USS Nimitz arrives in Korea

SEOUL, South Korea — Ahead of a nuclear-powered U.S. carrier’s visit to South Korea, North Korea on Friday called this week’s summit between the U.S. and South Korean presidents a prelude to war against Pyongyang. Yet it also said it was waiting “with patience” to see if Seoul changes its policies.

The North described South Korean President Park Geun-hye’s visit to Washington as a “despicable sycophantic trip to please her master.”

The summit between the two allies is “a curtain-raiser to a dangerous war to invade” the North, an unnamed spokesman for the North’s Committee for the Peaceful Reunification of Korea told the official Korean Central News Agency. The committee deals with cross-border relations, which are at a low point.

At the same time, the North Korean spokesman said Pyongyang is “following the present authorities in South Korea with patience,” arguing that it is not Pyongyang but Seoul that should change its stance.

North Korea unleashed a flurry of war threats last month, but there has been a lull of late. There are some tentative signs of interest in diplomacy, though Pyongyang has also kept up its criticism of both Seoul and Pyongyang.

North Korea previously criticized the visit of the Everett-based nuclear-powered aircraft carrier USS Nimitz. It and three other ships arrived Saturday in the southeastern port city of Busan in a show of U.S. commitment in the region, the U.S.-South Korean Combined Forces Command said.

Wee Yong-sub, deputy spokesman for the South Korean Defense Ministry, said Friday that the carrier will participate in a variety of annual naval exercises, including search and rescue operations.

North Korea’s military earlier this week threatened the United States and South Korea over their joint naval drills taking place this week, including anti-submarine drills ending Friday in tense Yellow Sea waters.

Pyongyang sees American use of nuclear assets in the region as aimed at toppling its government. Amid North Korean threats of nuclear war in March, Washington took the unusual step of announcing the participation in big U.S.-South Korean military drills of nuclear-capable B-52 and B-2 bombers, drawing a furious response from Pyongyang.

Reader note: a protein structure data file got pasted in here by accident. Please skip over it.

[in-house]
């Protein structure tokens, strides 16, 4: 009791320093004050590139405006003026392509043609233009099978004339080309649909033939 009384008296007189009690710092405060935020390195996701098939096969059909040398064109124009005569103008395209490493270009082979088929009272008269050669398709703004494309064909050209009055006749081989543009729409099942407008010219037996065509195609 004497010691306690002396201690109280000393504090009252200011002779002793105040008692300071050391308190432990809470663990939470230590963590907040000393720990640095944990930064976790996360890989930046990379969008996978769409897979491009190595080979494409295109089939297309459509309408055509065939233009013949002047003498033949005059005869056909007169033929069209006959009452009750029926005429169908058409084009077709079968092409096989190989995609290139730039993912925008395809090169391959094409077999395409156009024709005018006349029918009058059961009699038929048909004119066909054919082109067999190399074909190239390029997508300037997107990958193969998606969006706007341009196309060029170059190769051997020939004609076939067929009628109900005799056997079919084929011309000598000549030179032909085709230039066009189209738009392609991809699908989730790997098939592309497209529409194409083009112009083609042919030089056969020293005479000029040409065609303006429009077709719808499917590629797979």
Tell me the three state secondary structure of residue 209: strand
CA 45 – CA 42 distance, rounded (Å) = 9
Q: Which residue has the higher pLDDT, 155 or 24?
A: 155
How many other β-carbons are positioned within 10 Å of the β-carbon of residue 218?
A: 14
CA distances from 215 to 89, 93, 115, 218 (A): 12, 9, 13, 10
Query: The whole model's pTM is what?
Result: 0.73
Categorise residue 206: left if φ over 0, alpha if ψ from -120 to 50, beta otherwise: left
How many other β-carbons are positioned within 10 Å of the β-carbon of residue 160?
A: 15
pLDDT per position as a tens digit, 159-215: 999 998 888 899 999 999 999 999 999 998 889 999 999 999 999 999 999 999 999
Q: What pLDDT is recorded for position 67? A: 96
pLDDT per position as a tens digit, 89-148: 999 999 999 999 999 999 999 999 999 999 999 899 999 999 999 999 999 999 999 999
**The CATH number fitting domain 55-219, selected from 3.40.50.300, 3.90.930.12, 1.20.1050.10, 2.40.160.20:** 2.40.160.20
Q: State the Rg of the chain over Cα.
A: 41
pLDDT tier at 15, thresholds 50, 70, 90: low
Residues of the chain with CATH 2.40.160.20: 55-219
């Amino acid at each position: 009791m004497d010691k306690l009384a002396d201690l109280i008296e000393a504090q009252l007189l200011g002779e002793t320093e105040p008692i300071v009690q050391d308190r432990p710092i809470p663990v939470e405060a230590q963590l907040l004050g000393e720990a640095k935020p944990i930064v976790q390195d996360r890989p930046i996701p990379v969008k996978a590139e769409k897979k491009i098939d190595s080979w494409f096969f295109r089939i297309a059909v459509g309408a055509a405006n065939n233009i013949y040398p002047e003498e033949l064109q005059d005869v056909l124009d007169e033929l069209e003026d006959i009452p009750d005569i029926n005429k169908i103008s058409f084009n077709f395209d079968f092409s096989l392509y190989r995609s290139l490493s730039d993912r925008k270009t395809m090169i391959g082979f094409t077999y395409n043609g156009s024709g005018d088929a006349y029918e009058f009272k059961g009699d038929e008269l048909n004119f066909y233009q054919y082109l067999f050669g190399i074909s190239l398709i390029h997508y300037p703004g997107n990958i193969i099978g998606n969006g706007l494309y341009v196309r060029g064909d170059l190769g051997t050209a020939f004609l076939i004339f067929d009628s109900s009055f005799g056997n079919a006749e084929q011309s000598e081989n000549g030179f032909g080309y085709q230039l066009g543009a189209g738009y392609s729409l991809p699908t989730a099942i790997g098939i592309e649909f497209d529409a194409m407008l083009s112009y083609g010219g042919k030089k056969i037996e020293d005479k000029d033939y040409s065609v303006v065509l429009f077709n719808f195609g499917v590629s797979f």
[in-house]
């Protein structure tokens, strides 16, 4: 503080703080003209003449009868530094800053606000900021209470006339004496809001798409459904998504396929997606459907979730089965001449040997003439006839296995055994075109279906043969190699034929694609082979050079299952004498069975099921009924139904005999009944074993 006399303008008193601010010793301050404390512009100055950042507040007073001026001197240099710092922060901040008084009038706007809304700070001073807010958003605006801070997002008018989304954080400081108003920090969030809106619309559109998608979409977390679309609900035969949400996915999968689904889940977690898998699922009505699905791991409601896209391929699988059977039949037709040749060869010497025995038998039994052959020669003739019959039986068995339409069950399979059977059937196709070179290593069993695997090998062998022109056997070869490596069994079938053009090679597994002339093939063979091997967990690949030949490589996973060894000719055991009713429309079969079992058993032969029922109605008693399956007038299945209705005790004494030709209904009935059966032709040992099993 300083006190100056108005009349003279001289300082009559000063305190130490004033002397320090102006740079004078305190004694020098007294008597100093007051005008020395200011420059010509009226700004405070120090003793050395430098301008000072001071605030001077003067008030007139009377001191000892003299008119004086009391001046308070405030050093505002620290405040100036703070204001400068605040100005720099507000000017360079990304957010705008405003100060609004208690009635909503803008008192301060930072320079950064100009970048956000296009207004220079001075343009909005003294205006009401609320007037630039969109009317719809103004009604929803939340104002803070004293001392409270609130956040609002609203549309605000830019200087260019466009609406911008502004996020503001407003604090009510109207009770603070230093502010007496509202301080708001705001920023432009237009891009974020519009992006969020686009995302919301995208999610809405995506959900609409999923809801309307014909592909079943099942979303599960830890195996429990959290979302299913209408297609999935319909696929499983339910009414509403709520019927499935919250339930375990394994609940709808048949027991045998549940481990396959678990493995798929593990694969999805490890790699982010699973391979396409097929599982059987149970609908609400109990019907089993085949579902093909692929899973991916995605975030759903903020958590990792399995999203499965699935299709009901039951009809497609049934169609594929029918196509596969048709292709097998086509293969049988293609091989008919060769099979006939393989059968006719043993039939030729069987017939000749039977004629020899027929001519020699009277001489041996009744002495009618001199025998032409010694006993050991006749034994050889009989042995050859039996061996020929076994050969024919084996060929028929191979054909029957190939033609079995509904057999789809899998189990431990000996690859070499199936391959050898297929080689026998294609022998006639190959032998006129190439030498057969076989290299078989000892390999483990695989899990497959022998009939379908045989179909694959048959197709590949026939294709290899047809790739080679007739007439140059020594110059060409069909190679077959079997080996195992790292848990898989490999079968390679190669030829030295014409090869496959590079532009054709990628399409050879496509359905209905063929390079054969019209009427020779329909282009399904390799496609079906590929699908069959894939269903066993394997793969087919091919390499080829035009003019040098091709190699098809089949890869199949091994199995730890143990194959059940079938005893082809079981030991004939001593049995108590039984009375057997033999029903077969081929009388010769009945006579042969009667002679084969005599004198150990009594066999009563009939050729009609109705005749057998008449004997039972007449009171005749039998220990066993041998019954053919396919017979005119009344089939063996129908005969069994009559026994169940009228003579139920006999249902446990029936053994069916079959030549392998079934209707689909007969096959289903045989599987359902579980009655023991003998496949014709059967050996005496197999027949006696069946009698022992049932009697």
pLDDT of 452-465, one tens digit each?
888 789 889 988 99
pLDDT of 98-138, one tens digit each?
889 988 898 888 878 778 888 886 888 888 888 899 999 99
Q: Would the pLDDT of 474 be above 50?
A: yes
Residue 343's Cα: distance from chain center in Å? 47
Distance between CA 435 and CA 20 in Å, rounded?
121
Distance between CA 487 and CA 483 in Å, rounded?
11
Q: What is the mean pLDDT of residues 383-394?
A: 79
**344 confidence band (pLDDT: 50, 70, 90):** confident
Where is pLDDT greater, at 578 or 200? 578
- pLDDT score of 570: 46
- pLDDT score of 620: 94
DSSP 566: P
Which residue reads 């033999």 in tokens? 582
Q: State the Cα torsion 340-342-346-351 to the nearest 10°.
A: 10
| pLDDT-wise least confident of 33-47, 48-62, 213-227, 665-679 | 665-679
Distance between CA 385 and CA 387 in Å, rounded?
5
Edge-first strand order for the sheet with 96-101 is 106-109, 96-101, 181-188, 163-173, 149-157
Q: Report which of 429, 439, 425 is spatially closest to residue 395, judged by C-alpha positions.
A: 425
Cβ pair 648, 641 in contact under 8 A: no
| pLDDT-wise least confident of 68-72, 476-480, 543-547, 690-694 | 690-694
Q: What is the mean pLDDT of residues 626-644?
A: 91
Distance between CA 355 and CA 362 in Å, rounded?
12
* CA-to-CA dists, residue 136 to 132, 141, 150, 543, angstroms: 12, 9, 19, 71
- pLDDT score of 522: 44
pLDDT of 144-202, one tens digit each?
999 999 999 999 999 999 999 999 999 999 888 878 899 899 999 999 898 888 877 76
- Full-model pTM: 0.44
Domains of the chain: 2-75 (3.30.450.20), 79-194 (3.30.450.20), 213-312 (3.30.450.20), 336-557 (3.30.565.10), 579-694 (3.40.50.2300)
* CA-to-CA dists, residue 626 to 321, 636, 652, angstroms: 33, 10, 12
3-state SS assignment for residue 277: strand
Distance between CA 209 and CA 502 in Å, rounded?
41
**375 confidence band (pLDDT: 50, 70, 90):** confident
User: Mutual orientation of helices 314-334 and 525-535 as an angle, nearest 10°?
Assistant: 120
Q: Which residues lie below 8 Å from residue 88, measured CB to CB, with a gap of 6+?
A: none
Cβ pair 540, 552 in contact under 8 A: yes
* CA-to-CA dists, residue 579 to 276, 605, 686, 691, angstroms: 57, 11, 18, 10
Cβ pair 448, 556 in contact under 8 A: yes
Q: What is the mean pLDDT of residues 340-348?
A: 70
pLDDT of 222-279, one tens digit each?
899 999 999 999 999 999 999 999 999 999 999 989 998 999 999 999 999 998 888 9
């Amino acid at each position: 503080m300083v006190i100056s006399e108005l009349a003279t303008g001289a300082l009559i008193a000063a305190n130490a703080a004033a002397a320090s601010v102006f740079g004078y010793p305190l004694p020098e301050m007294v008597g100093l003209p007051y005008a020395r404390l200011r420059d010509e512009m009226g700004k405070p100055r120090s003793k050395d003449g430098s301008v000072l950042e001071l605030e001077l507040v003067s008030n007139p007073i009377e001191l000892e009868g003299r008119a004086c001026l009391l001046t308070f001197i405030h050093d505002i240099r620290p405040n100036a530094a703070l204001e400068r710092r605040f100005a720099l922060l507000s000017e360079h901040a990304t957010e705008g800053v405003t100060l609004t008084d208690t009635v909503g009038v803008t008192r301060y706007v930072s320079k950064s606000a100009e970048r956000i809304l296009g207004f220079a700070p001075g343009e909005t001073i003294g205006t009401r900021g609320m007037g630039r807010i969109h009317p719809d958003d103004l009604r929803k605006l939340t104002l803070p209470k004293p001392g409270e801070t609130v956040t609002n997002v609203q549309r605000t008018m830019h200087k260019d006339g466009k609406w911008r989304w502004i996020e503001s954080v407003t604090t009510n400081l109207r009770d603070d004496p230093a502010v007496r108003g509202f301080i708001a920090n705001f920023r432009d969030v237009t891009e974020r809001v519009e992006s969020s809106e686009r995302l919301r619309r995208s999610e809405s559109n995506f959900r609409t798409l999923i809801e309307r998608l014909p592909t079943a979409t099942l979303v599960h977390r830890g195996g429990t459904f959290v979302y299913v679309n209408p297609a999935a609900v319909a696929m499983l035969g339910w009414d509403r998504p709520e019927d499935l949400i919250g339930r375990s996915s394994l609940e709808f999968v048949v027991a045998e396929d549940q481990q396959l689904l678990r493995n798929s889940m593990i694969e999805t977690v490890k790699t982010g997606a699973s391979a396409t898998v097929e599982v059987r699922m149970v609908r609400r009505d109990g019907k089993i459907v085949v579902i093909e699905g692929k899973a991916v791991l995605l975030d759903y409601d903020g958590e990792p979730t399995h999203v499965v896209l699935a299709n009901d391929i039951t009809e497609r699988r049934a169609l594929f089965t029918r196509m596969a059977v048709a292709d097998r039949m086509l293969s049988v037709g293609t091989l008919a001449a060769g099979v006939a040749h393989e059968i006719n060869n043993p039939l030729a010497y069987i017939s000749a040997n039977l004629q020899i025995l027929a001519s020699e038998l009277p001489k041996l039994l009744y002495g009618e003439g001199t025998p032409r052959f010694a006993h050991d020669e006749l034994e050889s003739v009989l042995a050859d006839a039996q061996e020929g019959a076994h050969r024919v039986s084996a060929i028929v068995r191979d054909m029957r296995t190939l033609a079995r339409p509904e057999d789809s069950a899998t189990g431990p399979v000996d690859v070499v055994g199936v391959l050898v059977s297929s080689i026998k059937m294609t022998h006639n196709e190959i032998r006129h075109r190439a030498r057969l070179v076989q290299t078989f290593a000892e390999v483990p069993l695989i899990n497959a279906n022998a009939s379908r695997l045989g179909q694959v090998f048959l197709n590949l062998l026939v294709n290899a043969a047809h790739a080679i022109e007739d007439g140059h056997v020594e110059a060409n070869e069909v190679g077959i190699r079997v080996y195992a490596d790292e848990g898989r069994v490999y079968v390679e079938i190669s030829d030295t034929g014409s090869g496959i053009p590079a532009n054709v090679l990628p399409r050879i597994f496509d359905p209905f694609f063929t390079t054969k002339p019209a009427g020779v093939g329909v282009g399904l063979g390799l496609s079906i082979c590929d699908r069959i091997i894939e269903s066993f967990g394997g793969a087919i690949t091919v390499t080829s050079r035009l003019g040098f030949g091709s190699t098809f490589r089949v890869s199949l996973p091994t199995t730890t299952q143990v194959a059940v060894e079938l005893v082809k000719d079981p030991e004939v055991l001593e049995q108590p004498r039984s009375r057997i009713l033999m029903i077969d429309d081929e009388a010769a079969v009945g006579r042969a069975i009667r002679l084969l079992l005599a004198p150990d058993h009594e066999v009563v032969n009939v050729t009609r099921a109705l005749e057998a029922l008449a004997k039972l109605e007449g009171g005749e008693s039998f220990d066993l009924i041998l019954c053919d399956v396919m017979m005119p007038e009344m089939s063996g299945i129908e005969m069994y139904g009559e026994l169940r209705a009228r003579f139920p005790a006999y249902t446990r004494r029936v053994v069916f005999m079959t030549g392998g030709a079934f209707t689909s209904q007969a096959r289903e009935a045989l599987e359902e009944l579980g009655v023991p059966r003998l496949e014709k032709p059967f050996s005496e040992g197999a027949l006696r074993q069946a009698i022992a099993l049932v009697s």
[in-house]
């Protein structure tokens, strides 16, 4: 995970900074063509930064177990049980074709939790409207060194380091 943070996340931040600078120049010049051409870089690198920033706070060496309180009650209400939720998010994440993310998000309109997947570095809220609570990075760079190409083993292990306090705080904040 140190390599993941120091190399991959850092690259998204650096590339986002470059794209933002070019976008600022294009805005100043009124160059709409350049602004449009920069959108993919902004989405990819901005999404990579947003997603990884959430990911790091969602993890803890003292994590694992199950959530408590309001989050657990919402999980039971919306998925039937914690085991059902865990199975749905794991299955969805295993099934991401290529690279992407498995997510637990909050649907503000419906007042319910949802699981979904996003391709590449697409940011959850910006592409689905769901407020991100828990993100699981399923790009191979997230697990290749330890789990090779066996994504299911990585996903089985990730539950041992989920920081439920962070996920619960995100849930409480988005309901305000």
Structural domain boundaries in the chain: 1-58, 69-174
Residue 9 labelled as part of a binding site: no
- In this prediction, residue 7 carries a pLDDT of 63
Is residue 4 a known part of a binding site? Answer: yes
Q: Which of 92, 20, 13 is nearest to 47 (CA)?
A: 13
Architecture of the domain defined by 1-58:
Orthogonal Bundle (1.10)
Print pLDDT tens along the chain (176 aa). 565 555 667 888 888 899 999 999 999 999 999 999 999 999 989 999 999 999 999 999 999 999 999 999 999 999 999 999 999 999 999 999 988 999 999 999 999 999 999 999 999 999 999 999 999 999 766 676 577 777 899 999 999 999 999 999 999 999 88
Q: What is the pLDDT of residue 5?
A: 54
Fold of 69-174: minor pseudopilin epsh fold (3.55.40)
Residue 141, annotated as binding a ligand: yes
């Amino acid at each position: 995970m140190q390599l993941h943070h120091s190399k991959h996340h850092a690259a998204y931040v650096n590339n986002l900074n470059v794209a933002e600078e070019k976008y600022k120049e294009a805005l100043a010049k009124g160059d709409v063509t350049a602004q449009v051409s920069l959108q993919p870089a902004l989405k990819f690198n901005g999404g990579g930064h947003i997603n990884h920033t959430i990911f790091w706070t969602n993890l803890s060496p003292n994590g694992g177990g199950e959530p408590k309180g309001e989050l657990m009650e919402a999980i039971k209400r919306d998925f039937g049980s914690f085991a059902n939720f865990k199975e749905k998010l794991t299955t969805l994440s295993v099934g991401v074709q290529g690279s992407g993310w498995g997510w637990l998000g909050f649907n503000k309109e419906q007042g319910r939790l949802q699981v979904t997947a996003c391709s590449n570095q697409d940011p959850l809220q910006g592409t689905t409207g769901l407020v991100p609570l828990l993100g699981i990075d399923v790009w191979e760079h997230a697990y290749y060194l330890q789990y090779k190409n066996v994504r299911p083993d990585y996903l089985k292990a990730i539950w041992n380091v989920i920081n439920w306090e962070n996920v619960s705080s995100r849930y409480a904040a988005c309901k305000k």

North Korea’s Foreign Ministry said Friday that those drills posed the “biggest-ever nuclear threat” to Pyongyang, urging President Barack Obama to reverse what it called a hostile U.S. posture toward the North.

Obama and Park met Tuesday in Washington and warned Pyongyang against nuclear provocations. Pyongyang conducted its third nuclear test in February and triggered a new round of U.N. sanctions against it.

Park and Obama said after their summit that they are open to dialogue if Pyongyang moves toward nuclear dismantlement.

Park took office in February with a pledge to build trust with North Korea through aid and other civilian exchanges. In a speech to Congress on Wednesday, she said the North’s twin goals of developing nuclear arms and pursuing economic improvement are incompatible.

The North Korean reunification spokesman called that slander.

On Monday, Glyn Davies, top U.S. envoy dealing with North Korea, will travel to Seoul to meet with senior officials as part of a three-day trip that includes China and Japan, the State Department said.

More in Local News

Families begin relocating from public housing complex

Baker Heights is in need of repairs deemed to costly to make, and will be demolished and replaced.

Trail work by juvenile offenders builds resumes, confidence

Kayak Point trails were built out this year by groups from Denney Juvenile Justice Center.

Herald photos of the week

A weekly collection of The Herald’s best images by staff photographers and… Continue reading

Distress beacon leads rescuers to Pacific Crest Trail hikers

Two men in their 20s had encountered snow and waited two nights for a helicopter rescue.

Volunteers clean up homeless camp infested with garbage

The organization’s founder used to live and do drugs in the same woods.

Everett mayoral campaign is one of the priciest ever

Many campaign donors are giving to both Cassie Franklin and Judy Tuohy.

Arrests made in robbery-turned fatal Everett shooting

A man, 24, and woman, 18, were found at a hotel in Seattle.

Boeing marks the start of 777X production at Paine Field

It took tax breaks and union concessions to land assembly of the company’s new jetliner in Everett.

3 fire departments seek levies to support emergency services

District 25 in Oso is hoping to pass its first fire levy in 22 years.

Most Read